A spark plug 38 which is connected to an electrical high voltage source such as an exciter, is affixed to the igniter body 34 at one side thereof. The spark plug 38 includes an electrode 40 having an end 42 thereof exposed to the cavity 36.
A cylinder 44 is affixed to the igniter body 34 at an opposed side thereof, accommodating a slidable piston 46 therein. A solenoid 48 is attached to the cylinder 44 either inside thereof (as shown in this embodiment) or outside thereof. Piston 46 is connected at one side thereof to the solenoid 48 by a piston rod 50. A spring 52 is provided within the cylinder 44. The spring 52 is attached at one end thereof to the piston 46 and the other end is affixed to the cylinder 44 such that the piston 46, when moving leftwards or rightwards, will cause the spring 52 to be pulled or pressed. An electrode 54 is attached to the piston at the opposed side thereof and extends across the cavity 36 towards electrode 40. The electrode 54 is grounded in an electric circuit (not shown) supplying electric voltage to the spark plug 38. The cylinder 44 is substantially aligned with the plug 38 therefore the electrodes 40 and 54 are aligned with each other.
The electrode 54, piston 46, piston rod 50 and the solenoid 48 are dimensioned and positioned to achieve the following operation of electrode 54. In a first position, the solenoid 48 is activated, and moves the combination of electrode 54, piston 46 and piston rod 50 towards the electrode 40 until an end 56 of the electrode 54 is in a proximity of the end 42 of the electrode 40 (the two ends of the respective electrodes preferably almost touch each other). Therefore, the air gap (not indicated) formed between the two ends 42 and 56 of the respective electrodes 40, 54 has a reduced resistance which requires a relatively low breakdown voltage to be applied to the spark plug 38 in order to initiate a plasma arc to extend through the air gap.
When the plasma arc is initiated, the solenoid 48 is deactivated. Because the spring 52 was pulled to extend when the piston 46 was driven leftwards to the first position by the solenoid 48, the resilient force of the extended spring 52 now pulls the combination of electrode 54, piston 46 and piston rod 50 to move rightwards, back to a neutral position which is referred to as a second position. During the movement of the electrode 54 from the first position to the second position, the plasma arc across the minimum air gap between the ends 42, 56 when the electrode 54 is in the first position, will follow the movement of the electrode 54 and extend because the initial ionization path established across the air gap between the ends 42 and 56 is still the preferred electrical route. In this manner, extremely long plasma arcs that would normally require extremely high breakdown voltages can be established using lower breakdown voltage levels. As the air gap between the end 42 and 56 of the respective electrodes 40, 54 increases, the resistance also increases. Therefore, the longer plasma arc extending through the air gap carries a high level electric energy compared to the initial plasma arc across the minimum air gap between the ends 42, 56 when the electrode 54 is in the first position.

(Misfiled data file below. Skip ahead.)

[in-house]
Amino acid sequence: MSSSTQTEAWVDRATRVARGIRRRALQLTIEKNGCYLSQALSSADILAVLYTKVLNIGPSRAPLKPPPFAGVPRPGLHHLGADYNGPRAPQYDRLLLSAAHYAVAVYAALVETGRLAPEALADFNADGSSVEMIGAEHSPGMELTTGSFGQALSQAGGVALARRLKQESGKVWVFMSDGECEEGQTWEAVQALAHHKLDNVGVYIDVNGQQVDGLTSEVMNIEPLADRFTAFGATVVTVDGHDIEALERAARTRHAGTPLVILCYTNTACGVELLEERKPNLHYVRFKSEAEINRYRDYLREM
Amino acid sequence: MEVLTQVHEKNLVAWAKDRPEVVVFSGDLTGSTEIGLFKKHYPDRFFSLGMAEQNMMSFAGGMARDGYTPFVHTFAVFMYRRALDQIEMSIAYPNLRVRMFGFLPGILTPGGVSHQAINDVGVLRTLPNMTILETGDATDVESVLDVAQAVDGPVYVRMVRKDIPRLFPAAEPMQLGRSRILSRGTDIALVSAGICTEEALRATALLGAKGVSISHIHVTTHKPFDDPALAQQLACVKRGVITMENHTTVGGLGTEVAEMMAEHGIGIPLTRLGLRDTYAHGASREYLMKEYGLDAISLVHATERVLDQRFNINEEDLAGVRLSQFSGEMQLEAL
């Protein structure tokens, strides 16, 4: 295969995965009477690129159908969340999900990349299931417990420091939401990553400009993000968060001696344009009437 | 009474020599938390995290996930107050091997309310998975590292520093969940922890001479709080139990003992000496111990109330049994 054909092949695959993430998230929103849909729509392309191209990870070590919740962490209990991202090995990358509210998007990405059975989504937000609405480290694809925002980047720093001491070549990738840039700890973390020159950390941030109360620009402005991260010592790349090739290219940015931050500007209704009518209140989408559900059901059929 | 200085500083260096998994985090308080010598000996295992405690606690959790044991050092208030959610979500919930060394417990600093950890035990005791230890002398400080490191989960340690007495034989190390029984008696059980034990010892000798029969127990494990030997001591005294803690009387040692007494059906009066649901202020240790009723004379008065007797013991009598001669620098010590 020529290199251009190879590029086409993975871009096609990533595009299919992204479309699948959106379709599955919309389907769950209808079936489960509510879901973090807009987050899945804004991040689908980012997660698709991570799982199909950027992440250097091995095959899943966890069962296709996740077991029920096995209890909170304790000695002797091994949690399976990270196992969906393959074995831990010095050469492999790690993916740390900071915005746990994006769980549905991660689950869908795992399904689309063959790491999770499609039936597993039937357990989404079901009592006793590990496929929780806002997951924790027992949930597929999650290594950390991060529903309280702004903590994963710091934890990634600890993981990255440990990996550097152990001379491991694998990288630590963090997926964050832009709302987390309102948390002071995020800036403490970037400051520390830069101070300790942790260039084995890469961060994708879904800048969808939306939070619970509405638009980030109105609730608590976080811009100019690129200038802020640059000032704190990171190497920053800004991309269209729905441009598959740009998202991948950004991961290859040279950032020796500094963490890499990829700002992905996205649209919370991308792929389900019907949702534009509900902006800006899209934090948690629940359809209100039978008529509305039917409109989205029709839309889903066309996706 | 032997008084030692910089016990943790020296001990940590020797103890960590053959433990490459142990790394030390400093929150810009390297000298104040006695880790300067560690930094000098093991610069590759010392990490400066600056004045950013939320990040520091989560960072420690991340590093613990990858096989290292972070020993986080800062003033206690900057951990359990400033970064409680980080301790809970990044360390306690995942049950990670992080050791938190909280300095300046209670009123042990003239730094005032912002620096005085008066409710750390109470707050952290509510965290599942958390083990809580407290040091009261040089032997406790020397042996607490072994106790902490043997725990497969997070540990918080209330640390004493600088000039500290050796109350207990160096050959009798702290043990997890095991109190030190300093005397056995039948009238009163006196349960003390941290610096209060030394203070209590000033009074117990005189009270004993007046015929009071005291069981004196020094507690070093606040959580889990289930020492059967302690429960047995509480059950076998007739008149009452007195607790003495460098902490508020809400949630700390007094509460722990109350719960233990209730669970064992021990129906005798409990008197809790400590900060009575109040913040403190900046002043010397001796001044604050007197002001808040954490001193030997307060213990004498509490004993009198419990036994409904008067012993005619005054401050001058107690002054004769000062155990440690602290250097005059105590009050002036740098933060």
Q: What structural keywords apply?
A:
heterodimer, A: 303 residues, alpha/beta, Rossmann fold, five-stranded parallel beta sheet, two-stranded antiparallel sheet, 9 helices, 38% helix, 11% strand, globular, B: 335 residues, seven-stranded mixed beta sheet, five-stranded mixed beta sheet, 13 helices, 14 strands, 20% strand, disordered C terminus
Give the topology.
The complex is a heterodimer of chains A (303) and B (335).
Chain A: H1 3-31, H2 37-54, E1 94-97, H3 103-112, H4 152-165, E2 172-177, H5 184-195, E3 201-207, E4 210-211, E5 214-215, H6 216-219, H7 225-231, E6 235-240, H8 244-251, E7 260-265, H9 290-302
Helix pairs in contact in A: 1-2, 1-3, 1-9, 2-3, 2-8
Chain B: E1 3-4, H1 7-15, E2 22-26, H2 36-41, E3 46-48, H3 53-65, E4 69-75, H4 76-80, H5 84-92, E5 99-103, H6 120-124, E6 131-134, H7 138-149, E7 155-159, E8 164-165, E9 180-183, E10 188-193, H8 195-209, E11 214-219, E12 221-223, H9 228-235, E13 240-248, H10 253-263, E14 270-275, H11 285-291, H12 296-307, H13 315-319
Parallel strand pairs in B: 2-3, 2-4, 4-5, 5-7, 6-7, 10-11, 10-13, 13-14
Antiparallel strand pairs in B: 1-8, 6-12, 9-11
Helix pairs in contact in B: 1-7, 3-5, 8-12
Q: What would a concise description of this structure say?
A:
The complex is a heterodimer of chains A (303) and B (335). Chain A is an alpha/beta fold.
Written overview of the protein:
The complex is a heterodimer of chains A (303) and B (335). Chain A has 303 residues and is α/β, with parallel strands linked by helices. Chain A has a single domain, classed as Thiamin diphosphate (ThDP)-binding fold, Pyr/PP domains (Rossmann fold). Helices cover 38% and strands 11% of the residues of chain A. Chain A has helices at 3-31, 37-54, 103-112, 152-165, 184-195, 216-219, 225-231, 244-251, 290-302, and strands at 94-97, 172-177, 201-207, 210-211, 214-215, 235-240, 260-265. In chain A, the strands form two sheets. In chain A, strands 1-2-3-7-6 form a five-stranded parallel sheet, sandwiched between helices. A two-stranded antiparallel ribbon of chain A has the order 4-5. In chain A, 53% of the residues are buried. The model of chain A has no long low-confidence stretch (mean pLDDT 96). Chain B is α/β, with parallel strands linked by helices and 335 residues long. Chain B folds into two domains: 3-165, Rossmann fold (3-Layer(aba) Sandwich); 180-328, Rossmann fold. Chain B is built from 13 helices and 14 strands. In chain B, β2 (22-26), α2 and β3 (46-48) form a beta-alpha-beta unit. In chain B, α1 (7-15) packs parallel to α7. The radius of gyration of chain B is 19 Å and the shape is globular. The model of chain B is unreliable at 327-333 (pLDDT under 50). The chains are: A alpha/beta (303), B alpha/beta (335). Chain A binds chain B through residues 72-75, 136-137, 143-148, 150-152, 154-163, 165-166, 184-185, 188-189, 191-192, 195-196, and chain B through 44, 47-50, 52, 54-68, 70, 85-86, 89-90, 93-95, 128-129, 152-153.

Adequately determining the neutral position of the spring 52 (the second position of the electrode 54) can achieve generation of a plasma arc between the ends 42, 56 of the respective electrodes 40, 54 with a desired electric energy level for initiating a torch ignition process. The resilient properties of the spring 52 should also be adequately determined in order to assure controllable movement of the electrode 54 such that the plasma arc will follow and is maintained during the movement.
When the electrode 54 is in the second position and a longer plasma arc carrying a high electric energy level is established, the fuel injector 28 injects fuel into the cavity 36. The injected fuel is lit by the plasma arc extending between the ends 42, 56 of the respective electrodes 40, 54, thereby initiating a torch ignition process. Once the torch ignition process is initiated, all fuel injectors 28 of
The piston rod 50 extends through the solenoid 48 and is attached at an end opposed of the piston 46, to an end member 64. The piston rod 50 can be actuated to move to and remain in the first position as shown in
The piston rod 50 can be further moved through the solenoid 48 from the second position of
A cooling air circuit (not shown) is provided to the continuous plasma ignition system 32 and is preferably connected to a pressure air source such as the compressor air of the engine. A fluid passage 66 is provided in the igniter body 34, for fluid communication between the cylindrical chamber 60 and the cooling air circuit. Fluid passages 68 and 70 are provided in the igniter body 34 for fluid communication between the cylindrical chamber 62 and the cooling air circuit. The fluid passages 68, 70 are positioned both at the righthand side of the piston 46 in the first position as shown in